Arnie's Army marches at Augusta for last time

Posted: Sunday, April 14, 2002

AUGUSTA, Ga. -- Arnold Palmer strolled through the mist and fought back the tears. His long goodbye to the Masters came to a melancholy close Saturday.

The 72-year-old champion played his last six competitive holes at Augusta National -- 90 minutes of bittersweet golf that brought back a thousand memories under a gentle, gray sky.

Watching it from behind the ropes was ''Arnie's Army,'' the cult of personality that learned to love Palmer as much for his charming ways as for the herky-jerky swing that won him four Masters titles.

When it was over -- when the standing ovations had ceased and the nonstop applause had faded -- Palmer was as overwhelmed by the fans as they were smitten by him.

His swashbuckling style put Augusta National on the map, and few patrons wanted to miss one last chance to thank him.

''I've seen big crowds, and I've seen people,'' Palmer said. ''But this was unbelievable.''

Before the rain-delayed second round resumed early Saturday morning, fans ignored the ''no running'' warnings from all those Pinkerton security guards. They were in a hurry to be in position when Palmer hit his shot from the 13th fairway.

With a well-struck 5-wood, a thumbs-up sign and a wave to the crowd, the game was back on.

About 10:35 a.m., it came to an end, 48 years after it started, and 44 years since he charged to win his first green jacket with help of an eagle on No. 13.

''I thought I would keep the emotion down a bit,'' Palmer said of his walk up the final fairway. ''But, yes, there's a lot of feeling.''

The other players felt it, too.

David Duval, having just walked off the course after failing to make the cut, stuck around at the scorer's tent to watch Palmer putt for the final time -- the King's hunched shoulders and knock-kneed stance always a dead giveaway.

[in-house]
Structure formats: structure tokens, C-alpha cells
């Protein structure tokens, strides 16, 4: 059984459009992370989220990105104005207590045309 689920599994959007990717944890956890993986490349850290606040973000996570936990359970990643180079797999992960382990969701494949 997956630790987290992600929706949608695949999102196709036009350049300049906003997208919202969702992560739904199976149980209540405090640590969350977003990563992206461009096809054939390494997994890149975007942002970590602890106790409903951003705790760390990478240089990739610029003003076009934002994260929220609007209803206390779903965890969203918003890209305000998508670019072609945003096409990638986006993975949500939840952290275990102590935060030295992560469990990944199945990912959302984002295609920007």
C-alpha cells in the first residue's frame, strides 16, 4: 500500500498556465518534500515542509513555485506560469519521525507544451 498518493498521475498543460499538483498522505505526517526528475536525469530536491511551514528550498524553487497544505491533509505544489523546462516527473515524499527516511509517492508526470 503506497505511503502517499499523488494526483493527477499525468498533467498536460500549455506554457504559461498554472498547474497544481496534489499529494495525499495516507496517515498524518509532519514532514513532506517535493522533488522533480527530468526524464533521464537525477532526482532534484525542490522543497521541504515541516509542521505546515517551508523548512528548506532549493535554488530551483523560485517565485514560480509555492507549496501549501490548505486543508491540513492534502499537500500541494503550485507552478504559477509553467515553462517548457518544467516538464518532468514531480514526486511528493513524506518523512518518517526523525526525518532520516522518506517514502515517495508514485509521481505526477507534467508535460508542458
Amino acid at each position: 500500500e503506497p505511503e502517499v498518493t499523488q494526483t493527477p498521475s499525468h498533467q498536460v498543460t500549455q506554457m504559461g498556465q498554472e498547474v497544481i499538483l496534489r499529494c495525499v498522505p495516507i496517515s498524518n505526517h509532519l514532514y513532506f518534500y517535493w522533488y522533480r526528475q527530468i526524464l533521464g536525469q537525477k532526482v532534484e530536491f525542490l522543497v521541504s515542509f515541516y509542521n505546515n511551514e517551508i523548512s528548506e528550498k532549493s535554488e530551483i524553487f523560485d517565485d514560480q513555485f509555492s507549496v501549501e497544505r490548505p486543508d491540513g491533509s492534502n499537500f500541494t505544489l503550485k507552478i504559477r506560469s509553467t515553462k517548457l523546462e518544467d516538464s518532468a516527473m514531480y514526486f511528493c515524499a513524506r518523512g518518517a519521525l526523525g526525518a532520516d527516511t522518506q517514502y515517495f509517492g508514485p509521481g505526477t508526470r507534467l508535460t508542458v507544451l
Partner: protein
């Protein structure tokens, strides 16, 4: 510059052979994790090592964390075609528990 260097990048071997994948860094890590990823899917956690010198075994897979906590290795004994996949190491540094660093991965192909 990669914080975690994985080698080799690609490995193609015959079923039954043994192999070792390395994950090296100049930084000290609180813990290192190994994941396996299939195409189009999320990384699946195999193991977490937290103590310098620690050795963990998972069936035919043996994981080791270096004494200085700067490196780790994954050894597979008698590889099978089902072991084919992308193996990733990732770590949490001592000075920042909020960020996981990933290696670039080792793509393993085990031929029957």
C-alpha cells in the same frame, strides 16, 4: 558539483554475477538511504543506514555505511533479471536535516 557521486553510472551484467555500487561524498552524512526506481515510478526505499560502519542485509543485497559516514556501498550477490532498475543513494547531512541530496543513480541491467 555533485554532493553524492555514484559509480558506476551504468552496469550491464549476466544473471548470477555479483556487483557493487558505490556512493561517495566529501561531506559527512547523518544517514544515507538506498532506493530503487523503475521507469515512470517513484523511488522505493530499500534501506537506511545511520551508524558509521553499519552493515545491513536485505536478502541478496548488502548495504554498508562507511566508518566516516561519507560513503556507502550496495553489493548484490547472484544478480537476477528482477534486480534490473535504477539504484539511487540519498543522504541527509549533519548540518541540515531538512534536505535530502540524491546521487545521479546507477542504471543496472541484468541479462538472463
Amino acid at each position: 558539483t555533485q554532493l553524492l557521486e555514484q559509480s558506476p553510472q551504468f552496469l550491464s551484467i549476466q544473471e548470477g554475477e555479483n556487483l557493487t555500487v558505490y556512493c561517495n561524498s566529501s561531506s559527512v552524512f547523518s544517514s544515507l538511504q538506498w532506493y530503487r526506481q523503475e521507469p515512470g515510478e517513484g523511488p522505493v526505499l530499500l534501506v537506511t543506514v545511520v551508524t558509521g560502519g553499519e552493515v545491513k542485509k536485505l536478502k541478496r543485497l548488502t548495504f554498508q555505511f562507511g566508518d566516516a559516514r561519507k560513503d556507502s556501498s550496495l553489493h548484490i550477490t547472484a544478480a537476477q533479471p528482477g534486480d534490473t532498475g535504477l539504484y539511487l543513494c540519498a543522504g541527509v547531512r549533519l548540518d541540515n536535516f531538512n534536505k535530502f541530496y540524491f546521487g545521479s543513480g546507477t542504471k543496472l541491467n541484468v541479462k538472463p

Greg Norman and Ernie Els watched, too.

The rest of Arnie's fans crammed 10- and 20-deep in the mud-caked gallery, jostling for position. They were standing on tiptoes, craning their necks -- anything to steal a glance of the player who took a rich man's game and delivered it to the masses watching on television and following him on the course.

''Everything we have, everything we achieved, is because of the opportunities he gave us,'' Ben Crenshaw said. ''This tournament won't be the same without Arnie.''

Palmer shot 85 in his closing round, but the final day was more about memories than numbers.

On the 15th tee box, he belted a drive and watched it sail through the sky. He held his trademark pose -- off balance, practically teetering on one foot, straining to stop the club after a swing that nearly brought him out of his shoes.

When the ball came to rest about 240 yards down the fairway, he turned around and darted a jovial, jubilant finger at a friend in the gallery. Yep, the old guy can still sting one every now and then.

''I saw him win it all here in 1962 and 1964,'' said Charlie Gibson, a patron who played college golf against Palmer in the '40s. ''He was the King then, and he still is now.''

But the party is over.

Palmer had been thinking about this for a while. It has been 19 years since he's made the cut in the Masters. He shot 89 in the opening round Thursday, and felt like an embarrassment, even though his fans weren't nearly as concerned.

''If I played pretty well, then maybe I would have considered another year or two,'' he said. ''But you know, my game is just really not -- it's not good.''

So, sadly, an era came to an end.

Palmer is a member at Augusta National, so he'll be back, just not in front of the fans.

He plans to return each year for the Champions Dinners, but sounded lukewarm to the idea of joining Sam Snead on the first tee to become a ceremonial starter.

''I haven't thought about that yet,'' he said. ''I've got some things to sort out, and I'll just wait and see how that all turns out.''

Right now, he wants to head back to the driving range, work on his game and try to polish things up for the U.S. Senior Open and the Senior PGA Championship.

If things don't improve, however, ''I'll be faded away,'' he said.

That's hard to imagine.

Palmer says the fan mail rolls in more steadily these days than it did even in the '60s, when the phenomenon was new and patrons were still allowed to carry their ''Arnie's Army'' signs down the fairways while Palmer closed out his rounds at Augusta.

Asked why he still holds a certain power over the golfing public, Palmer played it coy.

''Well, I'm not going to give you any reasons,'' he said. ''I'd just like to think that the people got to know me.''

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